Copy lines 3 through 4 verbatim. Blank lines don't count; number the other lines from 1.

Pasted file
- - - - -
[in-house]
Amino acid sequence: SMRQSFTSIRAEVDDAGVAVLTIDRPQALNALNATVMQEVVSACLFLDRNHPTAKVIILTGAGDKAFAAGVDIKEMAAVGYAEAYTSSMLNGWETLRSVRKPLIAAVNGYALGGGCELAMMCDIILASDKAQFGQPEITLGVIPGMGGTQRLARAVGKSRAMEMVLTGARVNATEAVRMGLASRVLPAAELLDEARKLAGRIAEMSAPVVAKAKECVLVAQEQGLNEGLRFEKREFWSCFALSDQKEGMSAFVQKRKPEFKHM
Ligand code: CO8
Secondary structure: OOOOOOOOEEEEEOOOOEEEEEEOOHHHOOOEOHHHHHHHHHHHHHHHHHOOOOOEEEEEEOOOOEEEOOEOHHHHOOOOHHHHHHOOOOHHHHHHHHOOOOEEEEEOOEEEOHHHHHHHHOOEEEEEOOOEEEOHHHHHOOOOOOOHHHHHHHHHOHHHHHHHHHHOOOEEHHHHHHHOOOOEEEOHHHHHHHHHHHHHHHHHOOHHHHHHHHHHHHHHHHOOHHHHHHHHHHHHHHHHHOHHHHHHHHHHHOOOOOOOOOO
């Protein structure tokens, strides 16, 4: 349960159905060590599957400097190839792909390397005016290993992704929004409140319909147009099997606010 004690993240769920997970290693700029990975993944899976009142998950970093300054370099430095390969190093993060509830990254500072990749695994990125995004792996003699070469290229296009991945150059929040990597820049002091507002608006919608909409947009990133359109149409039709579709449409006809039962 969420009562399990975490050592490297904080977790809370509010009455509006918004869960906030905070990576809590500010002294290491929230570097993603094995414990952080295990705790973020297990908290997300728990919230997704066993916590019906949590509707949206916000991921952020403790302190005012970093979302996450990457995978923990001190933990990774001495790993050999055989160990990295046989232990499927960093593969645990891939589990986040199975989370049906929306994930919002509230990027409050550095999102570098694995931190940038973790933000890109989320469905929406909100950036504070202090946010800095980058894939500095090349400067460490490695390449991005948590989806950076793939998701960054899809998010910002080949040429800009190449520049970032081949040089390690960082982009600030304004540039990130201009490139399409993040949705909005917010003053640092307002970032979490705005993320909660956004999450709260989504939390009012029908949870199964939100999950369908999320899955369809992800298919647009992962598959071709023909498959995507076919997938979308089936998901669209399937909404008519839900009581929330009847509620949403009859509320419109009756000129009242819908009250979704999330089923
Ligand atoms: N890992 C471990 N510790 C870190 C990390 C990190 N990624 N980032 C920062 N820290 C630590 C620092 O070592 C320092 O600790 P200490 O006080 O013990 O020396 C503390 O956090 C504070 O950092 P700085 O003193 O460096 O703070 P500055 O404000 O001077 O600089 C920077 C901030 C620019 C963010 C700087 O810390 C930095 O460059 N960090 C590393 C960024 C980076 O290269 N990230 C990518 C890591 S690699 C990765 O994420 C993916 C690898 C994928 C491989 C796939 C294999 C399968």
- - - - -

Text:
Ligand code: CO8
Secondary structure: OOOOOOOOEEEEEOOOOEEEEEEOOHHHOOOEOHHHHHHHHHHHHHHHHHOOOOOEEEEEEOOOOEEEOOEOHHHHOOOOHHHHHHOOOOHHHHHHHHOOOOEEEEEOOEEEOHHHHHHHHOOEEEEEOOOEEEOHHHHHOOOOOOOHHHHHHHHHOHHHHHHHHHHOOOEEHHHHHHHOOOOEEEOHHHHHHHHHHHHHHHHHOOHHHHHHHHHHHHHHHHOOHHHHHHHHHHHHHHHHHOHHHHHHHHHHHOOOOOOOOOO